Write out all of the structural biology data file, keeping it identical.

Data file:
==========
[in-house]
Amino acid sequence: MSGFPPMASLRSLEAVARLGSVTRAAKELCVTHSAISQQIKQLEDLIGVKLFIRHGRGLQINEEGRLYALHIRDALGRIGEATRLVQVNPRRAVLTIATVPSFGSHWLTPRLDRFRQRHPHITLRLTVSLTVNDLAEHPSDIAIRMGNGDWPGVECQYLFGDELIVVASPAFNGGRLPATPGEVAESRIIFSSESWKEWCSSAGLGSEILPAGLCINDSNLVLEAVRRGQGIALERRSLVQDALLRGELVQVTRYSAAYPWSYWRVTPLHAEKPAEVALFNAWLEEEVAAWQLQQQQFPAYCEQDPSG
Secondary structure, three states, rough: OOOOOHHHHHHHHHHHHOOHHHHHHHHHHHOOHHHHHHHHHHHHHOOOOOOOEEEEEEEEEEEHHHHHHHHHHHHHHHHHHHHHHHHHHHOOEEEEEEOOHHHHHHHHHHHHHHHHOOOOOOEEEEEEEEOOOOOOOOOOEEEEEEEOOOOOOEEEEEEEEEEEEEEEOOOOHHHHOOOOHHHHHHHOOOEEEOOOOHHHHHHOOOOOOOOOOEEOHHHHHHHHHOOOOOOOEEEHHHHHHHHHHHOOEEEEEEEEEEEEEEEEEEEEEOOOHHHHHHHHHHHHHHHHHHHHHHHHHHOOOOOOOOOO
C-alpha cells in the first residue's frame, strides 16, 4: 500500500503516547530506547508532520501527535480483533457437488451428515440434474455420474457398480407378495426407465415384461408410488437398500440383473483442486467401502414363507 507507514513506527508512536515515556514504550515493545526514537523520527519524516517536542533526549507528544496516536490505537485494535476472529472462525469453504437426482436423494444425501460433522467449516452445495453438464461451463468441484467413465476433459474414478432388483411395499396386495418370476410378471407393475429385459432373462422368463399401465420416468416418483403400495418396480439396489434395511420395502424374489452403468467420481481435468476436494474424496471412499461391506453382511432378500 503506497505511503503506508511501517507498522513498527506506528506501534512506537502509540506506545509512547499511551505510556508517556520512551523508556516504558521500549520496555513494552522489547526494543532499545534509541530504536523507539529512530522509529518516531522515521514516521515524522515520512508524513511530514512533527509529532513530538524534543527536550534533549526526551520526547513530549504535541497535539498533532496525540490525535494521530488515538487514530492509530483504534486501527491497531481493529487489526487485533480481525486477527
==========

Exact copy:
[in-house]
Amino acid sequence: MSGFPPMASLRSLEAVARLGSVTRAAKELCVTHSAISQQIKQLEDLIGVKLFIRHGRGLQINEEGRLYALHIRDALGRIGEATRLVQVNPRRAVLTIATVPSFGSHWLTPRLDRFRQRHPHITLRLTVSLTVNDLAEHPSDIAIRMGNGDWPGVECQYLFGDELIVVASPAFNGGRLPATPGEVAESRIIFSSESWKEWCSSAGLGSEILPAGLCINDSNLVLEAVRRGQGIALERRSLVQDALLRGELVQVTRYSAAYPWSYWRVTPLHAEKPAEVALFNAWLEEEVAAWQLQQQQFPAYCEQDPSG
Secondary structure, three states, rough: OOOOOHHHHHHHHHHHHOOHHHHHHHHHHHOOHHHHHHHHHHHHHOOOOOOOEEEEEEEEEEEHHHHHHHHHHHHHHHHHHHHHHHHHHHOOEEEEEEOOHHHHHHHHHHHHHHHHOOOOOOEEEEEEEEOOOOOOOOOOEEEEEEEOOOOOOEEEEEEEEEEEEEEEOOOOHHHHOOOOHHHHHHHOOOEEEOOOOHHHHHHOOOOOOOOOOEEOHHHHHHHHHOOOOOOOEEEHHHHHHHHHHHOOEEEEEEEEEEEEEEEEEEEEEOOOHHHHHHHHHHHHHHHHHHHHHHHHHHOOOOOOOOOO
C-alpha cells in the first residue's frame, strides 16, 4: 500500500503516547530506547508532520501527535480483533457437488451428515440434474455420474457398480407378495426407465415384461408410488437398500440383473483442486467401502414363507 507507514513506527508512536515515556514504550515493545526514537523520527519524516517536542533526549507528544496516536490505537485494535476472529472462525469453504437426482436423494444425501460433522467449516452445495453438464461451463468441484467413465476433459474414478432388483411395499396386495418370476410378471407393475429385459432373462422368463399401465420416468416418483403400495418396480439396489434395511420395502424374489452403468467420481481435468476436494474424496471412499461391506453382511432378500 503506497505511503503506508511501517507498522513498527506506528506501534512506537502509540506506545509512547499511551505510556508517556520512551523508556516504558521500549520496555513494552522489547526494543532499545534509541530504536523507539529512530522509529518516531522515521514516521515524522515520512508524513511530514512533527509529532513530538524534543527536550534533549526526551520526547513530549504535541497535539498533532496525540490525535494521530488515538487514530492509530483504534486501527491497531481493529487489526487485533480481525486477527